}
  }
)(PluginMetaFields);

PluginMetaFields = withDispatch(
  (dispatch) => {
    return {
      onMetaFieldChange: (value) => {
        dispatch('core/editor').editPost({meta: {_rivendellweb_text_metafield: value}})
      }
    }
  }
)(PluginMetaFields);

The final function adds the meta box to the top navigation of the editor and wires it so that when you click the top navigation item (the smiley icon) the meta box will be shown.

registerPlugin( 'rivendellweb-sidebar', {
  icon: 'smiley',
  render: () => {
    return (
      <>
        <PluginSidebarMoreMenuItem
          target="rivendellweb-sidebar"
        >
          {__('Meta Options', 'textdomain')}
        </PluginSidebarMoreMenuItem>
        <PluginSidebar
          name="rivendellweb-sidebar"
          title={__('Meta Options', 'textdomain')}
        >

        <PluginMetaFields />
        </PluginSidebar>
      </>
    )
  }
})

Now we have a meta box that works in both the block and classic editors so we don’t need to worry about compatibility 🙂

Custom WordPress metabox viewed in the block editor
Custom WordPress metabox viewed in the block editor
WordPress custom metabox viewed in the classic editor
WordPress custom metabox viewed in the classic editor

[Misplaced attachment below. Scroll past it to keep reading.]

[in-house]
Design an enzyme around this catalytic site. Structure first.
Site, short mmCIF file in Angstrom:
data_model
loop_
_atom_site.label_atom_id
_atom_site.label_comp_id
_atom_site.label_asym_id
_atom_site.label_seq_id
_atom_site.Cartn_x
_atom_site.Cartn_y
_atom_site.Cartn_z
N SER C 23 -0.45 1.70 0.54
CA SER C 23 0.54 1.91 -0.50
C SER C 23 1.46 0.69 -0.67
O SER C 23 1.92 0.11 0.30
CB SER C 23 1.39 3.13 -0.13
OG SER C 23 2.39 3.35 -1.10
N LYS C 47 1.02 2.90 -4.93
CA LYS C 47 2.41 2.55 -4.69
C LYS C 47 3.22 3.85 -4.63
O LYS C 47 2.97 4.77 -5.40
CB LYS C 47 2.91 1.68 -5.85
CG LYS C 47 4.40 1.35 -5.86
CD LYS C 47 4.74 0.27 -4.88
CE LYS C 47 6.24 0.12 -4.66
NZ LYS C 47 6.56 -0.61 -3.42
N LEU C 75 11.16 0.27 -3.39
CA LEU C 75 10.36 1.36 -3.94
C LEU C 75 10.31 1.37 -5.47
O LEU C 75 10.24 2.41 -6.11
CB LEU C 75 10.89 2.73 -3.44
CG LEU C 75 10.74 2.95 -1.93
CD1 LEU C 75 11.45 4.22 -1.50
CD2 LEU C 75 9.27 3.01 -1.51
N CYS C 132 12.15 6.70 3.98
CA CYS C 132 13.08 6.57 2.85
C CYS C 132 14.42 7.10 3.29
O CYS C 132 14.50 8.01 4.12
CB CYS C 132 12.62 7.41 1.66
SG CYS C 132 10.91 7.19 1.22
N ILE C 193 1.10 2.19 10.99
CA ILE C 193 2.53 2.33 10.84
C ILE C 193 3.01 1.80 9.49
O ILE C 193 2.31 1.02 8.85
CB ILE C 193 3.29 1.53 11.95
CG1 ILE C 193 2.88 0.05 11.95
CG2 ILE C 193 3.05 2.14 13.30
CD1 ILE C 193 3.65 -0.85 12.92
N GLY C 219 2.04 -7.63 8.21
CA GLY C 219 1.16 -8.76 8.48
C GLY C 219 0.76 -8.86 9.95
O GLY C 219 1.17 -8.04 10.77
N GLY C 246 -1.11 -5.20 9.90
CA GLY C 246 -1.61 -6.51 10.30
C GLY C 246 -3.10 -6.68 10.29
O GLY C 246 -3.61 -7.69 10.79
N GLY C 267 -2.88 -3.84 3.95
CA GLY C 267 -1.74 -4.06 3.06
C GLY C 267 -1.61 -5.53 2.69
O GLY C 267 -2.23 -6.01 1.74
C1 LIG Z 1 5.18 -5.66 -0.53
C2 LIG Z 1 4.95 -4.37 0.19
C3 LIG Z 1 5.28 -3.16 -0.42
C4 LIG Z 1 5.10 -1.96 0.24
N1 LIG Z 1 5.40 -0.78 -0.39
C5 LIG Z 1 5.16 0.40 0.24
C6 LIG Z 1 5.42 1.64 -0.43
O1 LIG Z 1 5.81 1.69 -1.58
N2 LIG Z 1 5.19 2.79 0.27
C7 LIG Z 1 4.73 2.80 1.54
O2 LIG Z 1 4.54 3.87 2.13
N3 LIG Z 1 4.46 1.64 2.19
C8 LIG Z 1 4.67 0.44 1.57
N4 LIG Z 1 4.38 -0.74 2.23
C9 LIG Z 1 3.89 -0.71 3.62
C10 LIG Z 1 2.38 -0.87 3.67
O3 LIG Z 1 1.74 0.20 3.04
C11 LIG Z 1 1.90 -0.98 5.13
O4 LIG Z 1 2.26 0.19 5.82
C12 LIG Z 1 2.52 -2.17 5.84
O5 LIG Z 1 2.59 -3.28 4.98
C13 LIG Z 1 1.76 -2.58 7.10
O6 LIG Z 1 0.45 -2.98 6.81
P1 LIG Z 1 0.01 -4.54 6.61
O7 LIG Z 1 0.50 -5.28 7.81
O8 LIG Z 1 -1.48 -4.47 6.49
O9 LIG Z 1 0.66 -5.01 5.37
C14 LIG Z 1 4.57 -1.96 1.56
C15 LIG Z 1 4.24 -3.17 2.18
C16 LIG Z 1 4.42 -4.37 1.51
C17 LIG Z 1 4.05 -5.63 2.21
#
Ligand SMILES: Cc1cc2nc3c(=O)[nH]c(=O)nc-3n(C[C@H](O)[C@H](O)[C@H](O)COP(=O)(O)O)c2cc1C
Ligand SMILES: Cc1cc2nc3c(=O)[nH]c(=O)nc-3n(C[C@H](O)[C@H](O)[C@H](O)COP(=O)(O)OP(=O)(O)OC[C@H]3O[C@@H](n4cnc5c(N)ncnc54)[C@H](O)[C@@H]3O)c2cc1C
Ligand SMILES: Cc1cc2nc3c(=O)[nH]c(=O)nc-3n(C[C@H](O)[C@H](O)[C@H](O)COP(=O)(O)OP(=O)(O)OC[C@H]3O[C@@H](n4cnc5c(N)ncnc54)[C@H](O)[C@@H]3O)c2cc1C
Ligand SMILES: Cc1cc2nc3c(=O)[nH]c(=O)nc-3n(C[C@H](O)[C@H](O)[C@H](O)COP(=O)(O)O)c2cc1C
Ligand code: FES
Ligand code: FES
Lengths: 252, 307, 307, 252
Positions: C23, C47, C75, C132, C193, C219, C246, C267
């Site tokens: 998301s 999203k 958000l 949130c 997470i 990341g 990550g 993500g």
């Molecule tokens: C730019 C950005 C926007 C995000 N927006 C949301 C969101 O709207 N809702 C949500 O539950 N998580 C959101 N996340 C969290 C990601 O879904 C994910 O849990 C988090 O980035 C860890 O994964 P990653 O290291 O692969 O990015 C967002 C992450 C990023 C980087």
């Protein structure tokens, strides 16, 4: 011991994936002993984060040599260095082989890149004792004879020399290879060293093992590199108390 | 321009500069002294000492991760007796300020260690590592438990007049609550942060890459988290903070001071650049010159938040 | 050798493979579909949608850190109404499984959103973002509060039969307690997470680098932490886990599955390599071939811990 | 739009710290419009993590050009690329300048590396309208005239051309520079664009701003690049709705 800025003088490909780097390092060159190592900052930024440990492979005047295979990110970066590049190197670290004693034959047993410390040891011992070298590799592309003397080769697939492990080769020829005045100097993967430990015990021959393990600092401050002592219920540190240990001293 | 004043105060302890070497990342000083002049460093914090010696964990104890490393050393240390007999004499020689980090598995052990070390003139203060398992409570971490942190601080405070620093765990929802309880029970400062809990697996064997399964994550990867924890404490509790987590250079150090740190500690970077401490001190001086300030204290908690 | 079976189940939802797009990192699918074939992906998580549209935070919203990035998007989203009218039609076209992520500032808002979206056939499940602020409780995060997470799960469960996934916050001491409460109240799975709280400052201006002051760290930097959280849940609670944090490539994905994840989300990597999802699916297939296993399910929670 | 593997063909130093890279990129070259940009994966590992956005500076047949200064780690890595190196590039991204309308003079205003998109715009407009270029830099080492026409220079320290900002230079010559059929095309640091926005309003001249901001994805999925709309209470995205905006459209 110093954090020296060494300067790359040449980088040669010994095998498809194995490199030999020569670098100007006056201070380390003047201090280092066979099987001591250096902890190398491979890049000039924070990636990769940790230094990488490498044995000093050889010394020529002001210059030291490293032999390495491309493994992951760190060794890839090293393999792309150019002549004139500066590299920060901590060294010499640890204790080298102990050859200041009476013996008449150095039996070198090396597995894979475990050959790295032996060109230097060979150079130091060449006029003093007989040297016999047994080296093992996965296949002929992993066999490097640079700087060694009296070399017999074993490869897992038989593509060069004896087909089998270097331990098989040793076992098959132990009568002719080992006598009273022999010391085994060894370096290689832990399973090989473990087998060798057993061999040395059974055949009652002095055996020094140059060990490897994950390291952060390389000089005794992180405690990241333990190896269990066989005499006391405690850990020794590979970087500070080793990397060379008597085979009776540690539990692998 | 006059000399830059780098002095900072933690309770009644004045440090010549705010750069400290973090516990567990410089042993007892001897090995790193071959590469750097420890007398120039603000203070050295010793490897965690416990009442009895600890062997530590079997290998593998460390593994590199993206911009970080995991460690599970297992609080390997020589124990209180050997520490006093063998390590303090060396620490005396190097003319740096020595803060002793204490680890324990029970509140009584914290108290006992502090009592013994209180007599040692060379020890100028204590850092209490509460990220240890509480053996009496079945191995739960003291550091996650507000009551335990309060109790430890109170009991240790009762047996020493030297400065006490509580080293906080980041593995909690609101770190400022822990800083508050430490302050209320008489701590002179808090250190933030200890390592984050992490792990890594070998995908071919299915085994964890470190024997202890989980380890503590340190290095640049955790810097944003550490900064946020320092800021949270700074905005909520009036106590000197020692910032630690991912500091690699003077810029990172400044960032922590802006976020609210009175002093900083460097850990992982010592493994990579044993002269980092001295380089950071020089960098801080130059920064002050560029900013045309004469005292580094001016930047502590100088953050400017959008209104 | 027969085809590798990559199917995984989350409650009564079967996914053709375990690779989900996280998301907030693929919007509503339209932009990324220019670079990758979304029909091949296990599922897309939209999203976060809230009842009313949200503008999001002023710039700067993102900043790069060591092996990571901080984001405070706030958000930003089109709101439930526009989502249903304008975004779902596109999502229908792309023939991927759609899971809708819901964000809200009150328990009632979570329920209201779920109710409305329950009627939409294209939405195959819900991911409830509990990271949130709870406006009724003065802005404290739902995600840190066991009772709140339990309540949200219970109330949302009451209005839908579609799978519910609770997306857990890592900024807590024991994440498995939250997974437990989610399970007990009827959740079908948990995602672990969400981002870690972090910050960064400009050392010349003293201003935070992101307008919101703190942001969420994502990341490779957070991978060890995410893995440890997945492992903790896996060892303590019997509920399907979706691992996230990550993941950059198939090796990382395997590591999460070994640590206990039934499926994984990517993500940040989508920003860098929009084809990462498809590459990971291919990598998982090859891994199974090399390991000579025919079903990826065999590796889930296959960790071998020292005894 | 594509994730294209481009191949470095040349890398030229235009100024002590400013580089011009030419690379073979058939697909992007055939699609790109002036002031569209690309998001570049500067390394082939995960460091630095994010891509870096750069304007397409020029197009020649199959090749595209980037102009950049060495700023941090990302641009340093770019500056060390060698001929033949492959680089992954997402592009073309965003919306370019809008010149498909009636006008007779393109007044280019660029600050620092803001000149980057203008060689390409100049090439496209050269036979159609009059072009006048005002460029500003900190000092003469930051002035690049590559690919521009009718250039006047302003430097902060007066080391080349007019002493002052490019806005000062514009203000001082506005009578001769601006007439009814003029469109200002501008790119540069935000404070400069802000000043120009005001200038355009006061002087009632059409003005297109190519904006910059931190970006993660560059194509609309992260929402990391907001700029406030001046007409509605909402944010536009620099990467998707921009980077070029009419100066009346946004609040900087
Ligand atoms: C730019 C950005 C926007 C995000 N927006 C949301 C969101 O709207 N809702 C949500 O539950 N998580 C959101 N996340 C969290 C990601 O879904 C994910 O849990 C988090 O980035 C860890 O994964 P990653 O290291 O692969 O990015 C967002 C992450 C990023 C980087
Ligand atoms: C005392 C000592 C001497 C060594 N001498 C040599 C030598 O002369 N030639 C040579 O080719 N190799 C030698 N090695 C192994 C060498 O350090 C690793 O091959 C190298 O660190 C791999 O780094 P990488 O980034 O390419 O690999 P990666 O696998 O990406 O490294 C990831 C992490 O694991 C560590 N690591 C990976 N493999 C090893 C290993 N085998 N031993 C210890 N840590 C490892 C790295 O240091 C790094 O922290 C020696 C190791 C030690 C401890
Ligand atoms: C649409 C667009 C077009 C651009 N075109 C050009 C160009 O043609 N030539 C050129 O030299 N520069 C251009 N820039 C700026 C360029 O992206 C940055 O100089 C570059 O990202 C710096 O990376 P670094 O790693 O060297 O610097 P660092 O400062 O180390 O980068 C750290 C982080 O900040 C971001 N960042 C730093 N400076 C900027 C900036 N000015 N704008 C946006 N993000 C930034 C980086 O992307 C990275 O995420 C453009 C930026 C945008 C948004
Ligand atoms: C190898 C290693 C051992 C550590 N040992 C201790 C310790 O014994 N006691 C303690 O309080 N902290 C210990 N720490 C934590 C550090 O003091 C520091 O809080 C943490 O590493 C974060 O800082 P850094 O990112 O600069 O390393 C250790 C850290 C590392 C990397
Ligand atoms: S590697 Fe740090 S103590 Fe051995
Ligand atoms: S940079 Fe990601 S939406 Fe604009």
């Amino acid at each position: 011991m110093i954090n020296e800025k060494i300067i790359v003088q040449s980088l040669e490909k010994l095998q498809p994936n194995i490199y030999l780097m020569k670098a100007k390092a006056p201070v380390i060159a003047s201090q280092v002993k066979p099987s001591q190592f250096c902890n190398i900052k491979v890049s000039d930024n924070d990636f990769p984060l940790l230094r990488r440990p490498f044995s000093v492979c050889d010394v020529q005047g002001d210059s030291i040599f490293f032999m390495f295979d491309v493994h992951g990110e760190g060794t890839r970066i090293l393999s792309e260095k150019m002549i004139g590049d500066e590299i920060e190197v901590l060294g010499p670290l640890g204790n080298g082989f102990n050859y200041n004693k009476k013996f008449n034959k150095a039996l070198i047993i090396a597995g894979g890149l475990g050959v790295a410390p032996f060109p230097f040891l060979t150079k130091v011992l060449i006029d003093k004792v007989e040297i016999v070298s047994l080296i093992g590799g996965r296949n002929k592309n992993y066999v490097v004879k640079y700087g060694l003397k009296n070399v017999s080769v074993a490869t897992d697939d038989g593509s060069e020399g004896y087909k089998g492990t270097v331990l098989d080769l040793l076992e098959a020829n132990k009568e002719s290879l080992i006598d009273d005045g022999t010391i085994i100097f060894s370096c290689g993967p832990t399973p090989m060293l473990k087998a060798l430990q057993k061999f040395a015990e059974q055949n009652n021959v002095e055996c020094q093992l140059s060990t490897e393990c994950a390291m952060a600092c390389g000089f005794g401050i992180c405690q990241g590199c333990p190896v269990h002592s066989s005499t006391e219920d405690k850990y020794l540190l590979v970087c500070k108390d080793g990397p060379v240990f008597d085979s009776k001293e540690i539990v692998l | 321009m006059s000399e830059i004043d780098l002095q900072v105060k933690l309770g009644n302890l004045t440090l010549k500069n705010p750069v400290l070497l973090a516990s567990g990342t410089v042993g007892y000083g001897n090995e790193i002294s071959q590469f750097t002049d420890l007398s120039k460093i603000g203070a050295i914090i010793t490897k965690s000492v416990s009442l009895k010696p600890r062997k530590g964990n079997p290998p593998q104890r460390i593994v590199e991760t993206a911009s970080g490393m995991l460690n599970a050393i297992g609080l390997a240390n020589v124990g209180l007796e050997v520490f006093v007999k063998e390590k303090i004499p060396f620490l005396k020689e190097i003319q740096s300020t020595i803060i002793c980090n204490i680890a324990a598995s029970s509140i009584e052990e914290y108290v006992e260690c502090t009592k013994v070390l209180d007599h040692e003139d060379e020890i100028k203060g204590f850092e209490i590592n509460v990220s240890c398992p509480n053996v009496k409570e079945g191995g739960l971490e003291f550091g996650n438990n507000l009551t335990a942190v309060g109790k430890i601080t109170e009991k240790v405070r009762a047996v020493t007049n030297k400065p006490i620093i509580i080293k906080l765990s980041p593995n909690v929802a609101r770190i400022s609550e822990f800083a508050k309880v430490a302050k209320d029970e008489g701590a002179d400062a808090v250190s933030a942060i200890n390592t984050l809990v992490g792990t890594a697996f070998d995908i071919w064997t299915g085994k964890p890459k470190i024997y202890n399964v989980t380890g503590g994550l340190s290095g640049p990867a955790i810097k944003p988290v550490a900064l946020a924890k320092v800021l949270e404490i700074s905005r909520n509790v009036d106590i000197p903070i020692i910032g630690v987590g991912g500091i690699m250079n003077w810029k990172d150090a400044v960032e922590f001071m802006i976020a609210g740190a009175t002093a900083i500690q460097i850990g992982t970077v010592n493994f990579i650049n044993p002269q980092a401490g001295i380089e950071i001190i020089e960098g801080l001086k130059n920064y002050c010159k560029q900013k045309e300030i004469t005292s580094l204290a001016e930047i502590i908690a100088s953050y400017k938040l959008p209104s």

Using the meta block data

Regardless of how we capture the data, we also need a way to display it. Currently, there are two ways to do so.

Use Post Meta in PHP actions

The first way is to use PHP to insert content to the page using the value of the meta box.

This example will add the meta box data to the content of the page by using the the_content hook to add the processed data to the existing content.

<?php
function rivendellweb_content_filter( $content ) {
    $value = get_post_meta( get_the_ID(), 'rivendellweb_meta_block_field', true );
    if ( $value ) {
        return sprintf( "%s <h4> %s </h4>", $content, esc_html( $value ) );
    } else {
        return $content;
    }
}
add_filter( 'the_content', 'rivendellweb_content_filter' );

Use Post Meta in Block

The second way is to use the post metadata in blocks. This example appends the data to the end of every Paragraph block when it is rendered. You can do this for any core or custom block types as needed.

The rivendellweb_render_paragraph() function sets up the content we want to use, in this case, the escaped meta value.

We then use register_block_type() in PHP to set a callback when the block is rendered to include the meta value.

In this example, we register the callback for all paragraph blocks. We could do it for any block type we’ve installed

function rivendellweb_render_paragraph( $block_attributes, $content ) {
    $value = get_post_meta( get_the_ID(), 'rivendellweb_meta_block_field', true );
    // check value is set before outputting
    if ( $value ) {
        return sprintf( "%s (%s)", $content, esc_html( $value ) );
    } else {
        return $content;
    }
}

register_block_type( 'core/paragraph', array(
    'api_version' => 2,
    'render_callback' => 'rivendellweb_render_paragraph',
) );